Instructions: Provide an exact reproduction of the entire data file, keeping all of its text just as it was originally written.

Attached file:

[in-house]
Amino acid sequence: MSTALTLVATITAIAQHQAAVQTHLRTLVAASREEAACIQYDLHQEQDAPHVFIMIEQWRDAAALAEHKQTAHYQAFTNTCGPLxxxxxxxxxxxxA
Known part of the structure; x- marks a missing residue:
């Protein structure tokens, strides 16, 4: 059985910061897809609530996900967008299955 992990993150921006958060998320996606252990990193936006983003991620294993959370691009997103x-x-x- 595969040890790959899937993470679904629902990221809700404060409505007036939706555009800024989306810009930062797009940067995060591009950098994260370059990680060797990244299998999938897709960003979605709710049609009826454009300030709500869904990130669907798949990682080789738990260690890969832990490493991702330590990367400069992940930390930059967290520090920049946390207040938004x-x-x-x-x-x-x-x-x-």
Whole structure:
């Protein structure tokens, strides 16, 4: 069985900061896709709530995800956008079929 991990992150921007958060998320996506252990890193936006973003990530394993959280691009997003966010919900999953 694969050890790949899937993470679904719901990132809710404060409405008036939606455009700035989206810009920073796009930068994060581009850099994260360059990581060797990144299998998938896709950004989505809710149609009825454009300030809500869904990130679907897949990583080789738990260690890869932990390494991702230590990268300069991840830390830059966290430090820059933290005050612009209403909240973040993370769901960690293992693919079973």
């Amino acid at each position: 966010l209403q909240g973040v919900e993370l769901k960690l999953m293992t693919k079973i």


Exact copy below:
[in-house]
Amino acid sequence: MSTALTLVATITAIAQHQAAVQTHLRTLVAASREEAACIQYDLHQEQDAPHVFIMIEQWRDAAALAEHKQTAHYQAFTNTCGPLxxxxxxxxxxxxA
Known part of the structure; x- marks a missing residue:
């Protein structure tokens, strides 16, 4: 059985910061897809609530996900967008299955 992990993150921006958060998320996606252990990193936006983003991620294993959370691009997103x-x-x- 595969040890790959899937993470679904629902990221809700404060409505007036939706555009800024989306810009930062797009940067995060591009950098994260370059990680060797990244299998999938897709960003979605709710049609009826454009300030709500869904990130669907798949990682080789738990260690890969832990490493991702330590990367400069992940930390930059967290520090920049946390207040938004x-x-x-x-x-x-x-x-x-």
Whole structure:
């Protein structure tokens, strides 16, 4: 069985900061896709709530995800956008079929 991990992150921007958060998320996506252990890193936006973003990530394993959280691009997003966010919900999953 694969050890790949899937993470679904719901990132809710404060409405008036939606455009700035989206810009920073796009930068994060581009850099994260360059990581060797990144299998998938896709950004989505809710149609009825454009300030809500869904990130679907897949990583080789738990260690890869932990390494991702230590990268300069991840830390830059966290430090820059933290005050612009209403909240973040993370769901960690293992693919079973």
């Amino acid at each position: 966010l209403q909240g973040v919900e993370l769901k960690l999953m293992t693919k079973i």